Zero tailpipe emissions and quiet battery-powered trucks spreading across industry

By Alan Adler

Using electric trucks for short, repeatable trips to assembly plants is expanding as more OEMs require suppliers to shush the noise and eliminate the diesel exhaust that accompany delivering incoming parts and components.

How did inbound logistics become a thing in an industry where change most often meets resistance? For their own reasons, stakeholders from sustainability-conscious shippers to regulators and OEMs like inbound logistics as a use case for electric trucks.

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“The reason this is a good early adopter is that the trucks stay close to base. But [they] can get a fair amount of miles, at least for the short return-to-base, heavy-duty day cab tractor segment,” said Mike Roeth, executive director of the North American Council for Freight Efficiency (NACFE).

Ideal use case

During my visit to the sprawling Volvo Trucks North America (VTNA) New River Valley Operations site in Dublin, Virginia, this week, plant communications chief Sally Davies told me VTNA has accumulated 95,000 miles of electric driving on short routes bringing parts and supplies to the plant. Trucks North America was early to putting electric trucks to work for inbound plant logistics. It’s been a good experience so far.

Watsontown Trucking Co. and Camrett Logistics ordered Class 8 VNR Electric trucks in October  2021 and put them into service on round trips to NRV in December of that year. Ryder System Inc. began operating seven VNR Electric trucks, transporting assembly kits of components for heavy-duty Mack trucks to a kitting facility in Pennsylvania.

‘Manufacturing shuttles’

“We call these manufacturing shuttles,” Roeth said, pointing to Schneider’s execution of electric trucks during NACFE’s Run on Less Electric Depot program last year. Schneider calls this the “next truck up” system. It replaced two-driver slip-seating. “[The driver] returns the truck to the depot, starts charging and jumps into another fully charged truck,” Roeth said. Schneider has 92 eCascadias in its fleet today and a 4.8-megawatt charging facility in El Monte, California, capable of charging 32 trucks at a time.

NFI Industries, an early partner of Daimler Truck North America (DTNA) in piloting Class 8 Freightliner eCascadias, tried this at its Chino, California, depot in early 2020. 

DTNA began integrating eCascadias into its own logistics operations in Portland, Oregon, in November. The trucks use the company’s Electric Island heavy-duty truck charging station that opened in 2021 near its Portland headquarters. The four electric trucks initially deployed pick up parts from Pacific Northwest suppliers and deliver them to DTNA’s consolidation center.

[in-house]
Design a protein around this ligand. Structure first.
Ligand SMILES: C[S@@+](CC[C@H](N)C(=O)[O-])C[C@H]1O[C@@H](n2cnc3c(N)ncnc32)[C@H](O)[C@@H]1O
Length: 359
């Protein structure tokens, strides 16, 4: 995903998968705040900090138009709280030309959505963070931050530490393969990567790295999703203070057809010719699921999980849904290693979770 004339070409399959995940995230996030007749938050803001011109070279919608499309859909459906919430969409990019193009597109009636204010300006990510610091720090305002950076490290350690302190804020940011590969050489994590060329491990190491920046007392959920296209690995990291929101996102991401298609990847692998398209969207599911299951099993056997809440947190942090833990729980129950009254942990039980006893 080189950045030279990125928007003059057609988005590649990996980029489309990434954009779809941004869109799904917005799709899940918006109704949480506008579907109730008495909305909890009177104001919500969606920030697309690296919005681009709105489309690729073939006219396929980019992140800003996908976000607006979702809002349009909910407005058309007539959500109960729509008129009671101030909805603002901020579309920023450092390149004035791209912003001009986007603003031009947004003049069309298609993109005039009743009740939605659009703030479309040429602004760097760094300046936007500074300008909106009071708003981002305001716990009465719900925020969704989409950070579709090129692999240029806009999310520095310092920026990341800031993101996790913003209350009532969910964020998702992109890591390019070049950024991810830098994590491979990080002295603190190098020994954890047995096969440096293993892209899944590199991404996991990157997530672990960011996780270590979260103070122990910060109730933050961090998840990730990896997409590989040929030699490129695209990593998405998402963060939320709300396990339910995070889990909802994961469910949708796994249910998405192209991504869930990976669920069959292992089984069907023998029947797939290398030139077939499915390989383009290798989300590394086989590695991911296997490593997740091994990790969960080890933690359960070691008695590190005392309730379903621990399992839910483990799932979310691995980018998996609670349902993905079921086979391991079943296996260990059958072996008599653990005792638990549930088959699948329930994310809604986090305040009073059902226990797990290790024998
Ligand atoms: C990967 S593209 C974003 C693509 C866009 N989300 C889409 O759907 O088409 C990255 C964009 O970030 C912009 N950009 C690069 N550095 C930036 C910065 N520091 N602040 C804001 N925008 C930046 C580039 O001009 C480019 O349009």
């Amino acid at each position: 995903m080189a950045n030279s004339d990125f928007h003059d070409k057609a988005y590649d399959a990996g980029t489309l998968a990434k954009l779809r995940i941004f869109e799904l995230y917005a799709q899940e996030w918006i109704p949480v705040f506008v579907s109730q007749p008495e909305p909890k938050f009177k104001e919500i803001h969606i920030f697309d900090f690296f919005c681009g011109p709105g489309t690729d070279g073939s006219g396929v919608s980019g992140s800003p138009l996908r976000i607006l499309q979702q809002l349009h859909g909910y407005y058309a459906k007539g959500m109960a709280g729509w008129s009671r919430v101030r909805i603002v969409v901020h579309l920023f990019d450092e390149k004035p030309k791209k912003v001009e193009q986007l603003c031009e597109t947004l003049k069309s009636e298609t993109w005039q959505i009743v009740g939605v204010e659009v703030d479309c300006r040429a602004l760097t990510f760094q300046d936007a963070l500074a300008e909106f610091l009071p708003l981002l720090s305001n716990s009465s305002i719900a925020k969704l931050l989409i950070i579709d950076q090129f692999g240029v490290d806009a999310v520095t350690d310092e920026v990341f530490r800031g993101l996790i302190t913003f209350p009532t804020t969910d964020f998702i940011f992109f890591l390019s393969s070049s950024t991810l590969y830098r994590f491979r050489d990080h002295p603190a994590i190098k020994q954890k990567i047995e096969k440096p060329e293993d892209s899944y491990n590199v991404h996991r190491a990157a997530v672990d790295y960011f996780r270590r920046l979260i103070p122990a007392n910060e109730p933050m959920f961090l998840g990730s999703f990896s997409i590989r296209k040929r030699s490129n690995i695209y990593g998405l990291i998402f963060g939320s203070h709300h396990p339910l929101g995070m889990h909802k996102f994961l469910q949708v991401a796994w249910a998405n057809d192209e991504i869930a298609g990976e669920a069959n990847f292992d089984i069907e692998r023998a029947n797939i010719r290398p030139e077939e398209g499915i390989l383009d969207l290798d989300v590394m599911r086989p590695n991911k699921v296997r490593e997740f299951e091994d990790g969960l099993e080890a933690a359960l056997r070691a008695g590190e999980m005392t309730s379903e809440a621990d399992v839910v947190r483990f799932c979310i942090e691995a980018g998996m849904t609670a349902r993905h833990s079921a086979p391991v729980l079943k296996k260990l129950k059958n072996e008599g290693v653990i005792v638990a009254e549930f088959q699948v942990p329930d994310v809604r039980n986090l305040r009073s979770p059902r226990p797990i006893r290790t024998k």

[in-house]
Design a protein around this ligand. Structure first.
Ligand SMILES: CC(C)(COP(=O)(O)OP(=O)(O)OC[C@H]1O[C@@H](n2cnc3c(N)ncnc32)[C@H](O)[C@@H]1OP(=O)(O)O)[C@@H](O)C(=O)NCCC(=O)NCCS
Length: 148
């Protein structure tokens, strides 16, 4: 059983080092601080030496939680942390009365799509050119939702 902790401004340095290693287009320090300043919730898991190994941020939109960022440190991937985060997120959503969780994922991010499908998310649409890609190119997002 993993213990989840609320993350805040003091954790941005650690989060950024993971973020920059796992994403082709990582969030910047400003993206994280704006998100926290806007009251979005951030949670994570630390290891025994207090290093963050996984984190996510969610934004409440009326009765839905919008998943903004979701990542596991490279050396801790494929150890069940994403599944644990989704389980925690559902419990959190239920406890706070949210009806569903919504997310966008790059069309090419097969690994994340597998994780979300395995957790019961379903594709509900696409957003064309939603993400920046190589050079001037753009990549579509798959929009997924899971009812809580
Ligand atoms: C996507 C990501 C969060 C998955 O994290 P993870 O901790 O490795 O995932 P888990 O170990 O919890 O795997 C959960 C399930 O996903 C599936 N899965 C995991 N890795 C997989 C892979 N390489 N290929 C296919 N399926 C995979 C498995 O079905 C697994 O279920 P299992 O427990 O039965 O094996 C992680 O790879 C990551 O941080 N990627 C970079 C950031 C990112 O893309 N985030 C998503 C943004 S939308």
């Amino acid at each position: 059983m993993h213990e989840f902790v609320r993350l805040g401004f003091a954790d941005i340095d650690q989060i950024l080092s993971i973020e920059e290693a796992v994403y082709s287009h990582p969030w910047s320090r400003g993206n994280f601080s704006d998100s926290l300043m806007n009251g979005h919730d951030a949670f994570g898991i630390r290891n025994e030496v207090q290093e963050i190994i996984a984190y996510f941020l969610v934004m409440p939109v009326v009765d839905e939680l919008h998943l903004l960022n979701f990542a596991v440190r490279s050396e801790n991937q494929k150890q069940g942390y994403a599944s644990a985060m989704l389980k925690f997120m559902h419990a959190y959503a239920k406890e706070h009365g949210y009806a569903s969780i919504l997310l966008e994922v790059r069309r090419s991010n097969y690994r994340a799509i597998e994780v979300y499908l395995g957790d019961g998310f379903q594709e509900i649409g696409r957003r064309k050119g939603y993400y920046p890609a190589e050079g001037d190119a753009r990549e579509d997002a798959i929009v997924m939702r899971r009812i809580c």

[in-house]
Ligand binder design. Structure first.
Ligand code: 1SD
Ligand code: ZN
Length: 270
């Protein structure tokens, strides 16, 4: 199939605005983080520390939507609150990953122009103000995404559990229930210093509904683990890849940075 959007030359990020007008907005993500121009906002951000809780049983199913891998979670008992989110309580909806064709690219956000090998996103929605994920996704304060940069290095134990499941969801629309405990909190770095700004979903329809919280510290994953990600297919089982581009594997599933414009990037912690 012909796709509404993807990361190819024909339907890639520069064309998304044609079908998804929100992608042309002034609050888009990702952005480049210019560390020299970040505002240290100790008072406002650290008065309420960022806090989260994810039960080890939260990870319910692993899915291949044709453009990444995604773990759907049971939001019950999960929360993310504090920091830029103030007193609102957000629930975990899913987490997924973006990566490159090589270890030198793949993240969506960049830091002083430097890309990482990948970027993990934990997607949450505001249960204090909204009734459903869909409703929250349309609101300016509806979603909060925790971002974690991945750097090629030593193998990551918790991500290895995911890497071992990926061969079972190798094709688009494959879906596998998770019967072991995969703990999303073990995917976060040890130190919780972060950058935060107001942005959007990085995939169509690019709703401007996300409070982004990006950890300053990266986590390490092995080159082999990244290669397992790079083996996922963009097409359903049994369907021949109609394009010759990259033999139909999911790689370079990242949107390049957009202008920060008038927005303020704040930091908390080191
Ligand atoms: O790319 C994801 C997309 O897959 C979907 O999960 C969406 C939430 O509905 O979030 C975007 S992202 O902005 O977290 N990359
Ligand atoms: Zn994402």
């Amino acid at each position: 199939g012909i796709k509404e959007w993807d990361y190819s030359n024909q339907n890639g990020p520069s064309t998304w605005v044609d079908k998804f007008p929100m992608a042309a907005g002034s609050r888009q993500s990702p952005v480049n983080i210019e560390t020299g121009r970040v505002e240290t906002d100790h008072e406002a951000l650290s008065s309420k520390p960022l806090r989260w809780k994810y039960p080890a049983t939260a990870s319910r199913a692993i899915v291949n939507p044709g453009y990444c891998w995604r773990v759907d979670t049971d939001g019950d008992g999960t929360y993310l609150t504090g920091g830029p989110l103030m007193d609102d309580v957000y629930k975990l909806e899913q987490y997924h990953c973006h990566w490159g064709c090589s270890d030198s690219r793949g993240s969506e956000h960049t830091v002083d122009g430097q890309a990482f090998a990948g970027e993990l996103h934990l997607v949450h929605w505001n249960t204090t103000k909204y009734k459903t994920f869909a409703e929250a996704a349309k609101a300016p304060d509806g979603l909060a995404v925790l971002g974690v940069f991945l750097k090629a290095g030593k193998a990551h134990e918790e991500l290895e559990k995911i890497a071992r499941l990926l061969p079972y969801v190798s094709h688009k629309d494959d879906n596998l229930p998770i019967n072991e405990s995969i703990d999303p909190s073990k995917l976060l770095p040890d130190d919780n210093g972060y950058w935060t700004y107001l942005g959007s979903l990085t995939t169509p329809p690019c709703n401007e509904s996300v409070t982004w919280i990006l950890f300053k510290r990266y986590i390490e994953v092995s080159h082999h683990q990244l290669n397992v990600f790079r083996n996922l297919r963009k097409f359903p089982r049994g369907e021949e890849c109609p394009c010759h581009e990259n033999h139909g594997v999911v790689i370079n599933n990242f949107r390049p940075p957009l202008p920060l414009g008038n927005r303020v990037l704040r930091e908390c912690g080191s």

‘Sustainable future’

“By integrating electric trucks into our inbound logistics network, we aim to reduce our environmental impact and contribute to a more sustainable future that goes beyond truck development and manufacturing,” Jeff Allen, DTNA senior vice president, operations and specialty vehicles, said in a November news release.

In December, Daimler’s Mercedes-Benz Trucks brand delivered a dozen electric trucks to logistics service. Beginning this quarter, the trucks will complete 50 all-electric inbound logistics runs to its largest plant in Wörth, Germany. The goal is to electrify 100% of delivery traffic to Wörth by the end of 2026.

“Electric trucks can already cover the majority of delivery routes over short and medium distances,” Karin Rådström, CEO Mercedes-Benz Trucks, said in December. “We want to leave the smallest possible carbon footprint across the entire value chain [including] inbound logistics at our Wörth plant.”

Is Mack’s $14.5M Roanoke plant expansion a shot at the UAW?

The timing of the $14.5 million expansion announcement at Mack Trucks’ medium-duty plant in Roanoke, Virginia, was curious. Why announce good news at 5:30 p.m. on a Friday? One explanation: awaiting a signoff from Gov. Glenn Youngkin’s office. The state is ponying up a $255,000 grant from the Commonwealth’s Opportunity Fund after all.

Or, maybe it helped keep the United Auto Workers off guard and perhaps avoided a protest at the ceremonial groundbreaking at the nonunion plant. Remember, the UAW struck Mack for 39 days last fall. The union representing 3,900 workers settled for a contract it rejected earlier.

The UAW struck Mack’s main assembly plant near Allentown, Pennsylvania, on Oct. 8. Four other facilities — a remanufacturing operation, parts depots in Maryland and Florida, and the Hagerstown, Maryland, engine plant also went down.

That stopped most Mack Class 8 truck builds and crimped deliveries to Volvo Trucks North America’s plant in Dublin, Virginia. Those losses contributed to Volvo losing six-tenths of a point of North American market share in 2023.

The Mack strike focused more on economic gains and local issues than adding new jobs. The UAW never publicly mentioned bargaining to organize the Roanoke plant, where the expansion to make diesel and battery-electric medium-duty trucks will add 51 new jobs and Roanoke County incentives totaling $842,420.